That moment when you're binge watching a new favorite TV show and realize #They 'rejustlikeme #MentalHealth #LGBTQIA
Since coming out on a public scale, both as a gay man but also as a genderqueer, nonbinary person not many TV shows can hold my interest long enough for me to stay. Unless that list includes shows I've already seen like the original Charmed, Sailor Moon (again original), or any LGBTQIA shows that are as inclusive as possible like my most recent find, #Heartstopper
Quick synopsis, young man Charlie, who is quirky, nerdy, and musical in British all boys school falls for "rugby king" Nick. What is subtly mentioned or sometimes overtly mentioned depending is eating disorders (subtle) and coming out of the closet in any way, be it lesbian, gay, bisexuality, transgender (overt). What I hadn't anticipated when first watch through, nor second or third, until I researched the graphic novel basis, and watched with my husband, was the wave of memories all the way back to that time in my life. I have suffered with eating disorders and was officially diagnosed at one point with anorexia nervosa when I was admitted in hospital for mental health. We don't talk about it much in my family considering my very own grandfather is a hallmark of that disease. This show also deals with bullies, panic attacks, and mental health in ways that are subtle enough for a teen and tweens show but overt enough to make it across. Not to mention that I am gravitating to this show above any other when I myself am having to be put back on Xanax for stress and panic, I'm treading water at work with just my head above the choppy water every day, and trying to get my husband his license in cosmetology, and attempt to achieve a better paying position.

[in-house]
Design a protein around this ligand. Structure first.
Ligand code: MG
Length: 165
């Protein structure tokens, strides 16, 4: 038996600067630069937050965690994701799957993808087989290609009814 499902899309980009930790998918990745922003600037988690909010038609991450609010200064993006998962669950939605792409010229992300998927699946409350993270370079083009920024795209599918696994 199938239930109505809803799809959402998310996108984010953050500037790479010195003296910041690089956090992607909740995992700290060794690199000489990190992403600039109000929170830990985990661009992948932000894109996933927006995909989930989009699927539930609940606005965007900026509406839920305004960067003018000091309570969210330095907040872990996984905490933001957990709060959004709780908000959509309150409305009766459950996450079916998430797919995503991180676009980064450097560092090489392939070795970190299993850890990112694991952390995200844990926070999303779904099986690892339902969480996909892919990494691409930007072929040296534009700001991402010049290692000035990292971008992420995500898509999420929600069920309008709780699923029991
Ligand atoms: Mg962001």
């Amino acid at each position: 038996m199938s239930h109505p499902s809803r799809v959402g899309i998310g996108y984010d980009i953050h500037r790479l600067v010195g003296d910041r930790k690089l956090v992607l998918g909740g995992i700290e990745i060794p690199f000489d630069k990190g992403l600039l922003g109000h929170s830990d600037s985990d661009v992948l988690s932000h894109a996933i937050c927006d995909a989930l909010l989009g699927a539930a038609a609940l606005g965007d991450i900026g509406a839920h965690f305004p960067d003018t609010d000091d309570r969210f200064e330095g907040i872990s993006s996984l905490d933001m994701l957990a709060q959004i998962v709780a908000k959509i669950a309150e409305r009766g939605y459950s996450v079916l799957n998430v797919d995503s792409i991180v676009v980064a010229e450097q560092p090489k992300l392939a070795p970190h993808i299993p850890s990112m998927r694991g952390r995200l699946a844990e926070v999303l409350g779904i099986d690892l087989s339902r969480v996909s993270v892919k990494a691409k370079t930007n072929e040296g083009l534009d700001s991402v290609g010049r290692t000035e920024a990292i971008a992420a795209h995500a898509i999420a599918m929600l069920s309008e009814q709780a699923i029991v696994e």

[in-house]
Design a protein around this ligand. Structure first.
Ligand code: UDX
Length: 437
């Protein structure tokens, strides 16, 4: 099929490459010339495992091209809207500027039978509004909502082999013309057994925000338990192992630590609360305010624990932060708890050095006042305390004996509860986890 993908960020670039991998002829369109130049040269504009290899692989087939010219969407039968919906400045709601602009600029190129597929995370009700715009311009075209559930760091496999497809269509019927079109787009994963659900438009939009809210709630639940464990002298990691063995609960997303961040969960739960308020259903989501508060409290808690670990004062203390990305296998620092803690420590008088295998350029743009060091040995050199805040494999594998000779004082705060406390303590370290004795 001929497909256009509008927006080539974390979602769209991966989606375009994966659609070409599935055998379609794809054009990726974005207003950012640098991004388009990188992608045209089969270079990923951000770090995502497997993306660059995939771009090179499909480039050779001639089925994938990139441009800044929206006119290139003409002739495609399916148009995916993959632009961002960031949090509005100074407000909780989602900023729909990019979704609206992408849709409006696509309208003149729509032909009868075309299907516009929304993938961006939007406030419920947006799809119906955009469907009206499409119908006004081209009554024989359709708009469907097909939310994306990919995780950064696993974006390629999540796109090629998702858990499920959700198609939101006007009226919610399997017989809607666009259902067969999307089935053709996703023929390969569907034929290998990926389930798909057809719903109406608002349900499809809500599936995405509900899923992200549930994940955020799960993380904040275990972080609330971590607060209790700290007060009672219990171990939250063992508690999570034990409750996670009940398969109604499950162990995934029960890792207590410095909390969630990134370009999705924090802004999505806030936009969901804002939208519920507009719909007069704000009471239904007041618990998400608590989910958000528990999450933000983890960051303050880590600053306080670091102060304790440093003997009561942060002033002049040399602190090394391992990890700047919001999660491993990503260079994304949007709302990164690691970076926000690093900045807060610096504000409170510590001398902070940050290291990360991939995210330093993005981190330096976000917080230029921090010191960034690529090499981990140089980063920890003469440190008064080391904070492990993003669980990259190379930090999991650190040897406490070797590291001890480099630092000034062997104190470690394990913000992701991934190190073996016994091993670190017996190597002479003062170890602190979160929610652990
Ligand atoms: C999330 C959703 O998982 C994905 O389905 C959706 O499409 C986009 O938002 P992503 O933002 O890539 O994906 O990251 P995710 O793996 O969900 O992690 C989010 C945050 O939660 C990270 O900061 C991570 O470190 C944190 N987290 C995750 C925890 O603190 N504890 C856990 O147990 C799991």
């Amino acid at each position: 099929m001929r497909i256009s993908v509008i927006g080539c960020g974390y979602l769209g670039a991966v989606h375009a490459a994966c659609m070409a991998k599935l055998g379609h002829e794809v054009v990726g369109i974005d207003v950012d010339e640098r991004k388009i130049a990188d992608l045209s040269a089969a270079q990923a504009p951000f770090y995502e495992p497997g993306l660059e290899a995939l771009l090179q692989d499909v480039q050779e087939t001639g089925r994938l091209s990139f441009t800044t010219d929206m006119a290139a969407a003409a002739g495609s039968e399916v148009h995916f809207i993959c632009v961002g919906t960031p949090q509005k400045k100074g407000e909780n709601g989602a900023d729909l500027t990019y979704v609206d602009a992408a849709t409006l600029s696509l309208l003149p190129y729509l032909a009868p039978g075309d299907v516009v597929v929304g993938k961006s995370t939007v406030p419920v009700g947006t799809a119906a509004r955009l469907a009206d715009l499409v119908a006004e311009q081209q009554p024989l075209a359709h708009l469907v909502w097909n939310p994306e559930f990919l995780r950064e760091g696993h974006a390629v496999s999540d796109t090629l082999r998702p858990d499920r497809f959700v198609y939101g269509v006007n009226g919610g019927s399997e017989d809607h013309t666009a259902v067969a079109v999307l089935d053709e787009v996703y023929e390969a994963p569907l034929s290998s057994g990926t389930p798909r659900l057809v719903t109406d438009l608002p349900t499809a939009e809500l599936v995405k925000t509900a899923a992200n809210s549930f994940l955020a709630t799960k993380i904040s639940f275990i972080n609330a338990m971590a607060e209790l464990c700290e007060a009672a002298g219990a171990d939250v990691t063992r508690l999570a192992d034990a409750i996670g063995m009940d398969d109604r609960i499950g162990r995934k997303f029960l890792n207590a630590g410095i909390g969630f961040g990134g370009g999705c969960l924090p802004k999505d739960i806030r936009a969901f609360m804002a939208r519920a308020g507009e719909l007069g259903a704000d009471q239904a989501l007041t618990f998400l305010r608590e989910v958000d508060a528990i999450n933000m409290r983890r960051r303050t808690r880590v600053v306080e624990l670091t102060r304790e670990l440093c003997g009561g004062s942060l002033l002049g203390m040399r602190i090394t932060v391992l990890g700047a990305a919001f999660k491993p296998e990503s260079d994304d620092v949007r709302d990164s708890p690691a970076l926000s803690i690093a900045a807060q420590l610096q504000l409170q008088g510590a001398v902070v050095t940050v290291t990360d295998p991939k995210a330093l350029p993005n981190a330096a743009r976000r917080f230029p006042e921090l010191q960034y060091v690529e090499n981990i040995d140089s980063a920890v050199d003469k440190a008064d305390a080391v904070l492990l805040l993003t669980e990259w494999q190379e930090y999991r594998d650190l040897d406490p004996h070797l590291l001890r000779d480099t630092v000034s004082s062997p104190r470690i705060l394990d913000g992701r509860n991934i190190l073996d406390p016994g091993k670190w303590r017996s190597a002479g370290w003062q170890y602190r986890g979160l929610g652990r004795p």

I love this show because in all sense and practice I am Charlie and my husband is Nick with how our dynamic works, he's my savior, protector, and guardian and also a football boy, which is in theory rugby with a whole lot of padding. But none of my high school, college or cosmetology school friends knew the extent of the eating disorders and didn't at a time when mental health was only just coming to the forefront, understand my struggles nor really seem to care unless it was really bad.
The only people who know especially about the anorexia are my husband and someone I recently confided in at work. I didn't even remember that diagnosis. But the fact that it is also a learned behavior in my family, you eat once a day at dinner and if you don't like what's being served you don't eat, that makes it so much worse. And as a assigned male and still use male pronouns though will prefer nonbinary ones, we're taught not to talk about this, ever. Don't cry, don't show emotion, don't show weakness. And that's not okay. I should be able to approach my own family and be able to speak about such matters but I cannot. I should be able to even say them out loud, be able to be seen holding hands in public with my husband etc, but I can't.
This is the very level of not only toxic masculinity but also toxic feminity, and toxic positivity that pervades our society as we see it today. I'm not saying guys have it worse, not by a freaking long shot, in fact what I'm saying is the fact that the only safe "space" I have to put voice to my thoughts is on an app with complete strangers, with none of my family or friends on here to see it should say a whole hell of a lot. This app has been the only space where I have found both men and women are truly and completely equals. No one is more justified, or gets upset. Everyone is here for support when we all have limited support. Everyone who has ever commented on a thought I've shared, or reacted to it, I appreciate you all so much, you have gotten me through some pretty rough times. And this is no different, just again long, vague topic posting, and need the support as we all do.